Homemade honey oat bread is easy to make at home and perfect for beginning bread bakers! – Try this hearty bread in sandwiches, toast, or warm from the oven with a drizzle of honey!
How to upgrade your sandwich game and just your life in general: make homemade bread!!
Bread is just one of those things that’s easier and more practical to buy in the store, but once in awhile it’s SO much fun and seriously such a treat to make it at home.
If you’ve never tackled homemade yeast bread before, let this recipe be your sign to give it a shot! It’s very beginner-friendly in technique, the dough is super easy to work with, and you don’t even need a stand mixer.
This bread brings back nostalgic memories for me and I’m seriously SO excited for you to try it!
I grew up with my mom baking homemade bread every Wednesday morning (pretty sure she still does!) and let me tell you, there is nothing better than that.
Bread = good memories and good future. That’s just the magic of bread.
This Honey Oat Bread features…
- A soft, hearty bread texture with just a little bit of chewiness from the whole wheat flour and oats
- Lightly sweetened honey flavor
- A bread dough that’s easy to work with and perfect for beginners
- No stand mixer required, but instructions for both stand mixer and making it by hand
Making the Honey Oat Bread
(scroll down to the bottom of post for the full recipe)
Ingredients You Will Need
- Active dry yeast
- Warm water
- Egg + egg white
- Whole wheat flour
- All-purpose flour
- Quick-cooking oats
Stand Mixer vs. Mixing Bowl
Both a stand mixer and a mixing bowl + wooden spoon will work for mixing this bread. Obviously, by hand requires a little more elbow grease and arm power, but it absolutely doable!
If you choose to go the stand mixer route, make sure you use the dough hook for mixing and let the machine knead the dough on medium speed 5-7 minutes until the dough is stretchy and elastic,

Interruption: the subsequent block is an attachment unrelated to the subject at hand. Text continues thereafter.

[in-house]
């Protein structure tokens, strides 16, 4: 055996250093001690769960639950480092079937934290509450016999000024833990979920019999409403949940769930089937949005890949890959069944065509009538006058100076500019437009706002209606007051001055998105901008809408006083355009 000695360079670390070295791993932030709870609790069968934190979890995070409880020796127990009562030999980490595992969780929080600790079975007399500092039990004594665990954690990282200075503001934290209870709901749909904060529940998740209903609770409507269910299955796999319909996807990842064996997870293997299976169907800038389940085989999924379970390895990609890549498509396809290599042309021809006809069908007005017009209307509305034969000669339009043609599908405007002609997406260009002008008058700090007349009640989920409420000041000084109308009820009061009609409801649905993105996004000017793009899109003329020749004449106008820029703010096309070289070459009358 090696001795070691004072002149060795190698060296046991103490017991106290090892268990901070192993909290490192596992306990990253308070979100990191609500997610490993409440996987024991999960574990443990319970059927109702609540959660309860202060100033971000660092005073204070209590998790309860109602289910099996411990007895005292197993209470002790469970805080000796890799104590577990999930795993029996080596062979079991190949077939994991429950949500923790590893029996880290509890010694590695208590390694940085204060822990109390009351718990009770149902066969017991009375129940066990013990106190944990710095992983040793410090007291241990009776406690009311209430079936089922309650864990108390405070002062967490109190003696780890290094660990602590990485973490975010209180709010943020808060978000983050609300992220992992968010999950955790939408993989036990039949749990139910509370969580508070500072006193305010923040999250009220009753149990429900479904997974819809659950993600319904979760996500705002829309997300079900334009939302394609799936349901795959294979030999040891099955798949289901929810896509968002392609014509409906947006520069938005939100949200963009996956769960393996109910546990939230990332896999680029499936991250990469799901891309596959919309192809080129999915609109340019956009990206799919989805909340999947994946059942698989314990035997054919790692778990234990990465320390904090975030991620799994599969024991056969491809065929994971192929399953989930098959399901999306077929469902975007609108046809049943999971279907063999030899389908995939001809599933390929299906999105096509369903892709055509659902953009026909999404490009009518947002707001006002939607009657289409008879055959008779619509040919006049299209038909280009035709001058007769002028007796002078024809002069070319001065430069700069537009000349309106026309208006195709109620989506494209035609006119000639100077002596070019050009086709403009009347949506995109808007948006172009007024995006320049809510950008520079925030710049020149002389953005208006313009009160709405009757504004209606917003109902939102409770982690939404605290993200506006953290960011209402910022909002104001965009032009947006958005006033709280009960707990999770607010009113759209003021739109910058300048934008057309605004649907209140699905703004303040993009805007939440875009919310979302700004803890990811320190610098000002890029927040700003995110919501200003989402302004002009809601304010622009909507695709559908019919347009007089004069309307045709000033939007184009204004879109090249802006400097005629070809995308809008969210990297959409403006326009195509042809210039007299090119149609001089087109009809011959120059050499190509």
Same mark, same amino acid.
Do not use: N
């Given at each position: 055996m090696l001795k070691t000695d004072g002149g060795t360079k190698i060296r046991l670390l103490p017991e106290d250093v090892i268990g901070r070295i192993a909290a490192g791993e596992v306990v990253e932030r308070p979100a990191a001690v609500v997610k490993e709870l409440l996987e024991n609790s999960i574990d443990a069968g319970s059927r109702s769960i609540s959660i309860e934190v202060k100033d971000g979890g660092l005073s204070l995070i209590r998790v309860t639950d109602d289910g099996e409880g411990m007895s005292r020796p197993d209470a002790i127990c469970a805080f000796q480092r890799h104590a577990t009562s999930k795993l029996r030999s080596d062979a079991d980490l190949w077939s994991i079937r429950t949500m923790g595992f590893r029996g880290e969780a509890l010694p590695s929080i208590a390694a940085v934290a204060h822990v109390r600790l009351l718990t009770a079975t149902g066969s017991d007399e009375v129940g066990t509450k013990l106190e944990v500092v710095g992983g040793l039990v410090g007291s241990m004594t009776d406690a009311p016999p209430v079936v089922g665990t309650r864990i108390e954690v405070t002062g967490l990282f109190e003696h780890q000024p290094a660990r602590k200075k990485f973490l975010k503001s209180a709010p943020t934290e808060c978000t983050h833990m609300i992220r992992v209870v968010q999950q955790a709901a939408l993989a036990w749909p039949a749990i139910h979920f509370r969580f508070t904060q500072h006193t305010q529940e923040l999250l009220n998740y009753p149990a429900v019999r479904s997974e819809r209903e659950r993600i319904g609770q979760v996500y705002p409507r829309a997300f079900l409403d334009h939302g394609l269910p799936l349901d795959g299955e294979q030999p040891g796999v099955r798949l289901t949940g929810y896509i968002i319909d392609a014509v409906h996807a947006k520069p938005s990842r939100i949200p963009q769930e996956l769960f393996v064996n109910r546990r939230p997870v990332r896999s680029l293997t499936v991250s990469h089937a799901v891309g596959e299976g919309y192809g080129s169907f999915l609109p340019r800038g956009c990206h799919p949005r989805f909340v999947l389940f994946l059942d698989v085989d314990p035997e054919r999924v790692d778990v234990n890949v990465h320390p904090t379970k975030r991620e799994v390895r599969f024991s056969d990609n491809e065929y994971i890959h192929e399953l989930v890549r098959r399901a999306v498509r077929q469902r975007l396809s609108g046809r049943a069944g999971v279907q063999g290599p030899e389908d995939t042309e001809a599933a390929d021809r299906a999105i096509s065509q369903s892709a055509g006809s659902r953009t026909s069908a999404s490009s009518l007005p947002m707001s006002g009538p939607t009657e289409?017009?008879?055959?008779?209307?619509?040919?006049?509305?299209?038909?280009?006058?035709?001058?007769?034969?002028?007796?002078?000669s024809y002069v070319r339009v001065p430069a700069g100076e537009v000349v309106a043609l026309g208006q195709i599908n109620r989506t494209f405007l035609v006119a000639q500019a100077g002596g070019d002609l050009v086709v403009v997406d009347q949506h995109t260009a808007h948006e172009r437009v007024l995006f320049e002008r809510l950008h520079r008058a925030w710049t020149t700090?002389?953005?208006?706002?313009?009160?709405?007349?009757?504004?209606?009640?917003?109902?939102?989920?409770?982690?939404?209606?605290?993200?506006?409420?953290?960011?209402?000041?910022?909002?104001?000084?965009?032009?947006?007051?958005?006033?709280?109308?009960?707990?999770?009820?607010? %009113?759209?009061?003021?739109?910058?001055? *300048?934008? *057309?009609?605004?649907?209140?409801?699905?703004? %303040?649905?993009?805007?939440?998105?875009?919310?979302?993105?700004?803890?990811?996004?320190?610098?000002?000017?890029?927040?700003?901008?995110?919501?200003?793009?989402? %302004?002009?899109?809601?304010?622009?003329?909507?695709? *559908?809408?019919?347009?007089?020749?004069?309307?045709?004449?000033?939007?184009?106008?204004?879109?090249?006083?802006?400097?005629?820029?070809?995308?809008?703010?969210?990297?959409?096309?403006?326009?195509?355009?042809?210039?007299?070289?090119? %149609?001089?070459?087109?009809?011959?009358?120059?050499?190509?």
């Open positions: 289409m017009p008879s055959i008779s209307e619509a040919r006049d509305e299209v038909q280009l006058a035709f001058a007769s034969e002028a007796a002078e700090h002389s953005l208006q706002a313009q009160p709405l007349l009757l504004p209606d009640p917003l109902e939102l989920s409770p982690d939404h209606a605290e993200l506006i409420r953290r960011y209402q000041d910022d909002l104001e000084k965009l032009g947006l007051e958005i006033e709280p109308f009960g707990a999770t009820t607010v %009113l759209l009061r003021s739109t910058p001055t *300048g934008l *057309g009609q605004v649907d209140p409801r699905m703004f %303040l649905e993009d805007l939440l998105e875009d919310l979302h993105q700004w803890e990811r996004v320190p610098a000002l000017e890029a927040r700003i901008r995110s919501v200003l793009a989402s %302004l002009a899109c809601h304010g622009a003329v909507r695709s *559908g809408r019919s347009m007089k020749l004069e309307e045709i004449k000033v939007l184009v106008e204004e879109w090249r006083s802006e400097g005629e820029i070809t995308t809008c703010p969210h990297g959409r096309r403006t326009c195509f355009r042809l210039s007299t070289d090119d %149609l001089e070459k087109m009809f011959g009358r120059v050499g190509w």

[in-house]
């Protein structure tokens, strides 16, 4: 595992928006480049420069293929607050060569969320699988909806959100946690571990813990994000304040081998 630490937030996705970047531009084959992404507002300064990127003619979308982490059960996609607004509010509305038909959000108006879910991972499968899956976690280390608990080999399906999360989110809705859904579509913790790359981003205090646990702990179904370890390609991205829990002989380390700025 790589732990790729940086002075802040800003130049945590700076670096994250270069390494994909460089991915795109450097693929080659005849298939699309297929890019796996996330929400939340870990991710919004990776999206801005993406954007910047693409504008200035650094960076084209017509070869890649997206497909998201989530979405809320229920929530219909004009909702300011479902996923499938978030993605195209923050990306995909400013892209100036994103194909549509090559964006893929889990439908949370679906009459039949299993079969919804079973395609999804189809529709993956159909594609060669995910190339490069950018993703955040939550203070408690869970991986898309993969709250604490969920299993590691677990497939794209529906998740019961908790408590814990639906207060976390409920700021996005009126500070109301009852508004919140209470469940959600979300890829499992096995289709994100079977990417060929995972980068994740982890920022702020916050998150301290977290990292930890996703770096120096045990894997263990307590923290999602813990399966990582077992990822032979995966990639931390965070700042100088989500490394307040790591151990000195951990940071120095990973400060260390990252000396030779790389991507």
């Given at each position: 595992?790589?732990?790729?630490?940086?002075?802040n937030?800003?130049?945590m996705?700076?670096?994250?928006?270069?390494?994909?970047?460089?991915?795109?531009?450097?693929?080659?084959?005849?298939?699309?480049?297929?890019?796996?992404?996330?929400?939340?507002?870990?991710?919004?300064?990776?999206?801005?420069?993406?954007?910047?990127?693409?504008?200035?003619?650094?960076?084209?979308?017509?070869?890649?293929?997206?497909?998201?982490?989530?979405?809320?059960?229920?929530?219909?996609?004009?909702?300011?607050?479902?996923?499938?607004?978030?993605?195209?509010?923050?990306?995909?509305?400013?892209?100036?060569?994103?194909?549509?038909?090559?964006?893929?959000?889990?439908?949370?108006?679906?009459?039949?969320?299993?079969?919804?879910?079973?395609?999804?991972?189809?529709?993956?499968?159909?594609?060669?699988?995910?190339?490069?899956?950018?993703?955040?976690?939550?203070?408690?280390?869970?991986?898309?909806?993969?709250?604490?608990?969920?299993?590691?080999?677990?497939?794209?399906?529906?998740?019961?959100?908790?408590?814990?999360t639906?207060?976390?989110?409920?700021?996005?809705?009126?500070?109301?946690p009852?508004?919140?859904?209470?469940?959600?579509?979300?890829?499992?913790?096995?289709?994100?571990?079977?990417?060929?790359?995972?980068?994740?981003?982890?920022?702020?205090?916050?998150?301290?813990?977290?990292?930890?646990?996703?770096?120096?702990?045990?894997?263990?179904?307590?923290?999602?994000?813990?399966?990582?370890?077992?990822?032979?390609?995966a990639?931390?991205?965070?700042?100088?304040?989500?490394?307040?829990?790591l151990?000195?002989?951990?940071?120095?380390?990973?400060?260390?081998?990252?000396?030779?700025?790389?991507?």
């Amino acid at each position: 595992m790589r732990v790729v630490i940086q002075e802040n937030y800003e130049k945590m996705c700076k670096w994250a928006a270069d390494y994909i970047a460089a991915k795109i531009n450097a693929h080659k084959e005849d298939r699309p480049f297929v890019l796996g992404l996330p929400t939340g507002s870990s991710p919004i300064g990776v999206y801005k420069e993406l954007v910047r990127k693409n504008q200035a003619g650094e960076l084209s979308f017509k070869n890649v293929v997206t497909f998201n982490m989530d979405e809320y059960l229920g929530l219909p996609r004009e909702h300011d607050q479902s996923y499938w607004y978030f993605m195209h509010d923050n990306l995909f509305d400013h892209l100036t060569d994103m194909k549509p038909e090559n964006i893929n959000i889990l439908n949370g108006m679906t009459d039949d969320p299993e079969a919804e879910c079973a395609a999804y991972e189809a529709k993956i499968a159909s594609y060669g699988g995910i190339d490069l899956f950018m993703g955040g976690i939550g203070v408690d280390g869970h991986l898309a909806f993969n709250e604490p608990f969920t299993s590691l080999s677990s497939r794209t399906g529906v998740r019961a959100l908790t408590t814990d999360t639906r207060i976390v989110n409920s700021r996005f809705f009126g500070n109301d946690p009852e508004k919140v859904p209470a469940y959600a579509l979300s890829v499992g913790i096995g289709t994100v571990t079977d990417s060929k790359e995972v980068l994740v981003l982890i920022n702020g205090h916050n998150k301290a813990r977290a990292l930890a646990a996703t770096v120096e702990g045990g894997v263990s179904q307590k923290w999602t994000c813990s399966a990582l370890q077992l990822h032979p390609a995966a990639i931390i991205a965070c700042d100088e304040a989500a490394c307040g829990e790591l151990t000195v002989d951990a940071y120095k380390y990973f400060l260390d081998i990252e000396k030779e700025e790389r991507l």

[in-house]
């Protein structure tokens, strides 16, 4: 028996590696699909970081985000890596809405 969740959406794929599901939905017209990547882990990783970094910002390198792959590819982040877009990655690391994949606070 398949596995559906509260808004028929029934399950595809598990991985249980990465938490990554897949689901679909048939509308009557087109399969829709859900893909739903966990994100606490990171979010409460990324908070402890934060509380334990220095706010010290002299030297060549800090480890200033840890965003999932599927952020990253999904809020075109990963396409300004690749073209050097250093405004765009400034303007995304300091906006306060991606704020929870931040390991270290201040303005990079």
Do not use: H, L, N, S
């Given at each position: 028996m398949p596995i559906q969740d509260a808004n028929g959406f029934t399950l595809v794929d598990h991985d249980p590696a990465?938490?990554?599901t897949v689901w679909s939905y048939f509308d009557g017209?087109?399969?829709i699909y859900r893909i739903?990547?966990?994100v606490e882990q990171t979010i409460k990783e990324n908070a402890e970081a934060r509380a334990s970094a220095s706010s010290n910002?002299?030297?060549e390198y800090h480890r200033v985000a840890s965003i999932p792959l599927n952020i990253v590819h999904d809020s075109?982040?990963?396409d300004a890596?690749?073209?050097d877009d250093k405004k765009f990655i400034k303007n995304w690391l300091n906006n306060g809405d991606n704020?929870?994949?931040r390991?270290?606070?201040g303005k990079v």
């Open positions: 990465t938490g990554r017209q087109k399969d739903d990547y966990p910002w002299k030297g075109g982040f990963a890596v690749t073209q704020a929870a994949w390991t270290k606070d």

If you are making the dough by hand, use a large bowl and a wooden spoon for mixing the dough. For kneading, turn the dough onto a floured surface and knead about 10 minutes or whenever the dough is stretchy and elastic.
Why do we knead dough? We’re forming gluten during kneading which helps yeasted dough rise and expand for better bread volume and gas retention while baking.
Moral of the story: don’t rush the kneading process! You will know your dough is properly kneaded when you can stretch it several inches without it tearing.
Tips for Perfect Honey Oat Bread
- Use water at 110F degrees – we recommend temping your water to ensure it’s not over 110F. If you use water that’s too warm, it will kill the yeast and your bread will not rise.
- Use quick cooking oats- we’ve found that quick oats work best here because of their soft texture. If you only have old-fashioned rolled oats on hand, give them a few pulses in the food processor until slightly broken down.
- Measure flour correctly – we use the spoon-and-level technique for measuring flour as this will prevent over-measuring your flour. Use a spoon to scoop flour into the measuring cup, then level with the back of a knife.
- Knead dough properly – as we previously discussed, this step is where we develop the gluten which is crucial for forming the structure of the bread.
- Allow dough to rise until doubled – turn the dough into a clean greased bowl, cover with plastic wrap, and allow to rise until doubled in size, about 1 to 1-1/2 hours.
- Let dough rise in a warm place – yeast dough loves warm environments for rising. We recommend 75F-80F for a rising environment in your kitchen.
- Roll dough out – punch the dough down and divide into two even portions. Roll each portion out into a 9×12 rectangle, tightly roll up into a cylinder, tuck ends underneath, and place in 9×5 loaf pans. This rolling step is a little secret for getting extra bread height!
- Brush loaves with egg wash – this helps the loaves brown nicely while they bake. You can even sprinkle a little extra oats on top for a beautiful garnish!
- Let loaves rise until doubled – depending on temperature of your kitchen, this could take 30-45 minutes or up to an hour